Communicate and listen. I believe communication is the real work of leadership. Listening is so important to build trust. Whether it is in a meeting with a customer or asking my teammate how their weekend was. Communication helps us understand each other and feel comfortable enough to clarify misunderstandings when they happen.
As a part of my series about “Lessons From Inspirational Women in STEM and Tech”, I had the pleasure of interviewing Megan Hom.
As one of two females on an all-male startup team, Megan Hom is used to blazing her own trail. Megan is one of the founding members of Rohinni, a leader in mini and micro LED placement technology. She started her career at Rohinni as the sole administrator where she figured out how to start an LLC and grow the team that has become the expert in its industry.
Megan has worked as a project manager, program manager and now business development manager for the team. She is the liaison between the engineering team and our customers. She is responsible for cost negotiations, continuity of supply, risk management, operational efficiencies and overall project execution on the projects delivering mini LED technology to consumers. As a member of the leadership team, Megan works closely with our engineering and business teams to execute and scale new and existing technology.
Thank you so much for doing this with us! Can you tell us a story about what brought you to this specific career path?
Growing up in a small town in North Idaho, I felt really limited in my career options. I wanted to focus on a career that could apply to numerous industries, and provide an endless opportunity for growth. That’s when I decided to start studying business management. Once I graduated, I was brought on to the tiny mini and micro LED startup in Coeur d’Alene, Idaho, that grew to become Rohinni.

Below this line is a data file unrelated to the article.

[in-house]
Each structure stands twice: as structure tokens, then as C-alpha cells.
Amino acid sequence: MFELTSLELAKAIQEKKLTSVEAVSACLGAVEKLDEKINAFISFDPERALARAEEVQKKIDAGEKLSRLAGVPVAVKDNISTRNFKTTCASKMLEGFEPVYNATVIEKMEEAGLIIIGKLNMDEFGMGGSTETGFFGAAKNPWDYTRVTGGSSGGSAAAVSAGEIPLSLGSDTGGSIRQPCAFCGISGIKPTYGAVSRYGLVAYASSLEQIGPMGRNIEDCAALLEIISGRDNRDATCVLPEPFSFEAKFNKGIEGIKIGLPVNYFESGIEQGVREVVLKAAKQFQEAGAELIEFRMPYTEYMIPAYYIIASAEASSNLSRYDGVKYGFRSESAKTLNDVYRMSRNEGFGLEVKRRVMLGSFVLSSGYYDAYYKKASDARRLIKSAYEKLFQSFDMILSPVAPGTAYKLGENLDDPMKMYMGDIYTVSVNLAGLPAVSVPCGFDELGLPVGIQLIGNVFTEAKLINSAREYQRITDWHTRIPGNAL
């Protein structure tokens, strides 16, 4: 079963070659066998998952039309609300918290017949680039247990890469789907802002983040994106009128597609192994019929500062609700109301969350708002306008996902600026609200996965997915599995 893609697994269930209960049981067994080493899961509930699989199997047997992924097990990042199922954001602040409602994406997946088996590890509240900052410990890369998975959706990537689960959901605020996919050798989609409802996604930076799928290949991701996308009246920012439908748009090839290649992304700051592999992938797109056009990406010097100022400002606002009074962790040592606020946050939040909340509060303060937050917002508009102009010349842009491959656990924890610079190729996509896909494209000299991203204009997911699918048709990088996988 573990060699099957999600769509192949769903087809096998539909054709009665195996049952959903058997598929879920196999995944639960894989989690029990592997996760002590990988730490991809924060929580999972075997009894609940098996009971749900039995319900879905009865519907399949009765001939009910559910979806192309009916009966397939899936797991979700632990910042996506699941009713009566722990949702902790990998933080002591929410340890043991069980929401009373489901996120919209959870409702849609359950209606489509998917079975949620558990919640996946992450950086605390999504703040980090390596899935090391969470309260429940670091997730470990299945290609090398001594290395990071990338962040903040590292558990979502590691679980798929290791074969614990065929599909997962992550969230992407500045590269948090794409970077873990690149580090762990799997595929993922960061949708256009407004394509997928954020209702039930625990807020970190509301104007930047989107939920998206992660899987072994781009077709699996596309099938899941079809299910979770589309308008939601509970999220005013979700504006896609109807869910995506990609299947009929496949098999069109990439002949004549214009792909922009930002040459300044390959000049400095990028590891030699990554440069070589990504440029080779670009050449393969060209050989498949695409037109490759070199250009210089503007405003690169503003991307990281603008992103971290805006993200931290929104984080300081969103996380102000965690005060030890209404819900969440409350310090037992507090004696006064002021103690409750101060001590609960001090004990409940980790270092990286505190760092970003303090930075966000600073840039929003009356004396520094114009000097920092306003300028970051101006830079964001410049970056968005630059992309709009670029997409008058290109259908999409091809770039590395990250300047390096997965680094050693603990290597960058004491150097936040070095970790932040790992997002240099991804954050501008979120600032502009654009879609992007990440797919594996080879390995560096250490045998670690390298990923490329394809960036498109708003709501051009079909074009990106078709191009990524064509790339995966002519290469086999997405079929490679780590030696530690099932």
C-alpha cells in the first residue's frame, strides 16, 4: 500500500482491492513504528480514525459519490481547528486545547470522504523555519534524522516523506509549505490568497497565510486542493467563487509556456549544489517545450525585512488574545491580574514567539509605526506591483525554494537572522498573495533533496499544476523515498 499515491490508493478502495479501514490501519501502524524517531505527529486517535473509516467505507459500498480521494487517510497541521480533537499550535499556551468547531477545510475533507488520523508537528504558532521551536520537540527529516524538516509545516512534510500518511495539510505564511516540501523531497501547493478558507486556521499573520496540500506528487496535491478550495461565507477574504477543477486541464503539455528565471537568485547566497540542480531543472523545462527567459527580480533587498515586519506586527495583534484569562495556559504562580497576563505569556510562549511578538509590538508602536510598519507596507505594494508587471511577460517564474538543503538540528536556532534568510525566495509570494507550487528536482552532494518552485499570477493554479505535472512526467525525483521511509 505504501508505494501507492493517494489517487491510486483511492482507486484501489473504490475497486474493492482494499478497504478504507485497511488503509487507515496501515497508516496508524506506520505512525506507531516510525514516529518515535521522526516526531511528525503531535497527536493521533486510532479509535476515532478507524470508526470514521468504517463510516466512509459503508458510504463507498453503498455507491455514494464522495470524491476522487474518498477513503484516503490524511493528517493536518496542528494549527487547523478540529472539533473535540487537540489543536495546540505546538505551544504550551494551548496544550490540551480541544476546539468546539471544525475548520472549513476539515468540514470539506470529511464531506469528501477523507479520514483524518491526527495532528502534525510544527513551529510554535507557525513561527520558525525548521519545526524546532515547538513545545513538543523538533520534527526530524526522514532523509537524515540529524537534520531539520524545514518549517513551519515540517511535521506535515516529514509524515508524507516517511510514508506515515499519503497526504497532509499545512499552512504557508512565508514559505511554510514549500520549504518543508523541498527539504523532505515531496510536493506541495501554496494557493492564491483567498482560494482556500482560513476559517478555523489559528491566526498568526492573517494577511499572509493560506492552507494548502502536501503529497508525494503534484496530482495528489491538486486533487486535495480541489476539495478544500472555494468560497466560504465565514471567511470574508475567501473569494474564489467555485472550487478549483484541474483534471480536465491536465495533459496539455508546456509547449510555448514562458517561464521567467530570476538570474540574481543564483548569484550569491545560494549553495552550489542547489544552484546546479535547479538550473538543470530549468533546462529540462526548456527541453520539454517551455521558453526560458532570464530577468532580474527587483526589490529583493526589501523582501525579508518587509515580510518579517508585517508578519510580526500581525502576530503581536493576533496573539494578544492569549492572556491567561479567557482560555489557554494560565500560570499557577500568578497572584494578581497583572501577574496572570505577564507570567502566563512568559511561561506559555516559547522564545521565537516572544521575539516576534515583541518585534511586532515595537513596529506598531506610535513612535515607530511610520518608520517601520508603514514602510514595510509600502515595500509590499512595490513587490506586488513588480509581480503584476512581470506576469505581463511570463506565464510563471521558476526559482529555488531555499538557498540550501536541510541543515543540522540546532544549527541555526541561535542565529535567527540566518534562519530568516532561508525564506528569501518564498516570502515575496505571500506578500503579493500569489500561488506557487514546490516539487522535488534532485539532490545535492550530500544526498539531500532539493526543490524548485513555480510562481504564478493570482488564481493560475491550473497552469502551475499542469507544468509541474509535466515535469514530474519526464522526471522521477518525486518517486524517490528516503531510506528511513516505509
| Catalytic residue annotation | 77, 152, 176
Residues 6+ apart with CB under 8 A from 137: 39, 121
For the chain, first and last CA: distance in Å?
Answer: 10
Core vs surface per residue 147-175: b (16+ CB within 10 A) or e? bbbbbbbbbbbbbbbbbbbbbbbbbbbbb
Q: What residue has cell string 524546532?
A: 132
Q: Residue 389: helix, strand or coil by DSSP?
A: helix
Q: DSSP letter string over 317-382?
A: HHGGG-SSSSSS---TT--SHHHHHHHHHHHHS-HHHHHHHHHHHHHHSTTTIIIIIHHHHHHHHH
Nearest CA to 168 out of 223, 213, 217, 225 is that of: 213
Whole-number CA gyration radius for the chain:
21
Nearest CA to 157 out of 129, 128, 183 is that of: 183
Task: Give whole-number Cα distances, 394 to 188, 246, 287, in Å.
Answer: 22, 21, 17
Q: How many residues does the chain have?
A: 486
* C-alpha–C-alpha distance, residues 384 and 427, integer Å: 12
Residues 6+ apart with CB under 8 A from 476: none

My job was to start the LLC — something I knew nothing about — set up payroll for our first paychecks, assemble and grow our team and everything else in between. I worked closely with patent attorneys, our accounting firm and even drove around town to pick up checks from investors. We built our team from two founders, an attorney and a designer to a team of 20 engineers today. We had a vision for this technology together and now I lead the projects with Fortune 500 customers all over the world.
Can you share the most interesting story that happened to you since you began at your company?
In the last eight years, I have been given the opportunity to travel the world — literally. I will never forget my first trip to China. Life was so much more fast paced, and the culture was so different than mine at home. Five Rohinnians, as we call them, were on this trip. We had scheduled three days to go tour the Great Wall of China and the Forbidden City. It happened to be a perfect sunny day for our trip to the Forbidden City. It was amazing and everyone was shocked at how nice the weather was!